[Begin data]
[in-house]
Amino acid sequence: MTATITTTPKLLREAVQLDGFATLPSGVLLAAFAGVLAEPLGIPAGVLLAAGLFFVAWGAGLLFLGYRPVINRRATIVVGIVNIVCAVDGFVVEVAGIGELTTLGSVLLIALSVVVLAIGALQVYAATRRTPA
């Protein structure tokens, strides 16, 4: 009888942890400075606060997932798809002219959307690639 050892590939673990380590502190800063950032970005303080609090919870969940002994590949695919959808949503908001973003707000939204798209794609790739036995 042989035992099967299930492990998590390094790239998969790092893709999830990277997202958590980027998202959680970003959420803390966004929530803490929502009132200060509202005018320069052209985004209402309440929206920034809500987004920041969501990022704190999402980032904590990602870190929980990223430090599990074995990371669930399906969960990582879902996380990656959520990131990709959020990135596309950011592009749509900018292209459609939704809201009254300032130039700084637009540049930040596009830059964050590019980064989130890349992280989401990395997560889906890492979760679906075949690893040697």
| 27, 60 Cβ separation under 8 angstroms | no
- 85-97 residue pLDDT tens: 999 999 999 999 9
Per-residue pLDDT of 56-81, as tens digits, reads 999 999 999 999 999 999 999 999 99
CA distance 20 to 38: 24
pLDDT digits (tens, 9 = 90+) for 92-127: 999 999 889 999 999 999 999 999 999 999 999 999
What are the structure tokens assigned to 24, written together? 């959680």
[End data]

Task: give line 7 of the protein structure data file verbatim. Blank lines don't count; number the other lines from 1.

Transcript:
CA distance 20 to 38: 24